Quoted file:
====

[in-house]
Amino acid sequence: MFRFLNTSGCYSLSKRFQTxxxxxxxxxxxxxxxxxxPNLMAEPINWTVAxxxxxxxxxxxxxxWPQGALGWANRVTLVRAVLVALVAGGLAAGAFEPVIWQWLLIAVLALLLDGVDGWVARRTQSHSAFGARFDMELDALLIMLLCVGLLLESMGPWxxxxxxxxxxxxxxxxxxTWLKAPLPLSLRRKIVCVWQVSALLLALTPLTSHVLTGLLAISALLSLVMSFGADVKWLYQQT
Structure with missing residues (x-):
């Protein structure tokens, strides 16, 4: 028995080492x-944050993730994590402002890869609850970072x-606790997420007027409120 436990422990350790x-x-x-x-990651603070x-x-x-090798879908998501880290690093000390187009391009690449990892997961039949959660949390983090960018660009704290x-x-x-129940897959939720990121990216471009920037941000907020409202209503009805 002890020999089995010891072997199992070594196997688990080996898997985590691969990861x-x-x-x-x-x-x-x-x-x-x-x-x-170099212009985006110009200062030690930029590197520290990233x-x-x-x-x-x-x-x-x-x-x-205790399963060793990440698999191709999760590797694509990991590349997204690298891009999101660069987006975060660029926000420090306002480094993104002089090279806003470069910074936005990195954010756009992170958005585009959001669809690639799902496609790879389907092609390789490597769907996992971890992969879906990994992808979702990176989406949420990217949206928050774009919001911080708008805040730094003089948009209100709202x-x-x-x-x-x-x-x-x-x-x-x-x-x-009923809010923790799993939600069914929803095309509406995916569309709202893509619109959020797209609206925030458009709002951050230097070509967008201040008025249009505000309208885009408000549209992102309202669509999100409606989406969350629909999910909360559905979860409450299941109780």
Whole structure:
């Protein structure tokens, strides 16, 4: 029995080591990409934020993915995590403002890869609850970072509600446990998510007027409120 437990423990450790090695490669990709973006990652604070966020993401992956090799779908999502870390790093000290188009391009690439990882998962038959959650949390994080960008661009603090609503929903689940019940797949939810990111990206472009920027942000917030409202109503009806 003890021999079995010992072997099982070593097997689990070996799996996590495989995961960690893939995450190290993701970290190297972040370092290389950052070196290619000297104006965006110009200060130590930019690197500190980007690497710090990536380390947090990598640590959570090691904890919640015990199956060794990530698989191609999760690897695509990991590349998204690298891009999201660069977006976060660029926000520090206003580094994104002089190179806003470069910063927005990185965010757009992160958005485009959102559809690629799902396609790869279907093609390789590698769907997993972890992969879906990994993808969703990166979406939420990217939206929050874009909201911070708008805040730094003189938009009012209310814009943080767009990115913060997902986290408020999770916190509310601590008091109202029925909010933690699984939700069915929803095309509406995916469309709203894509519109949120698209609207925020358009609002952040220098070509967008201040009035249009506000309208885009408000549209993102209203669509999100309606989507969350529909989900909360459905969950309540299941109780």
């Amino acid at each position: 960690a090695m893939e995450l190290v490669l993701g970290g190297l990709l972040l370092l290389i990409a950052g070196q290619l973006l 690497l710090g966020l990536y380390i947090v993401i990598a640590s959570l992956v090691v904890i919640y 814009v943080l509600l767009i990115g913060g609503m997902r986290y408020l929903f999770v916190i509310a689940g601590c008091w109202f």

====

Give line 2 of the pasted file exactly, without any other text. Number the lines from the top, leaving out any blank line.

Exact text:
Amino acid sequence: MFRFLNTSGCYSLSKRFQTxxxxxxxxxxxxxxxxxxPNLMAEPINWTVAxxxxxxxxxxxxxxWPQGALGWANRVTLVRAVLVALVAGGLAAGAFEPVIWQWLLIAVLALLLDGVDGWVARRTQSHSAFGARFDMELDALLIMLLCVGLLLESMGPWxxxxxxxxxxxxxxxxxxTWLKAPLPLSLRRKIVCVWQVSALLLALTPLTSHVLTGLLAISALLSLVMSFGADVKWLYQQT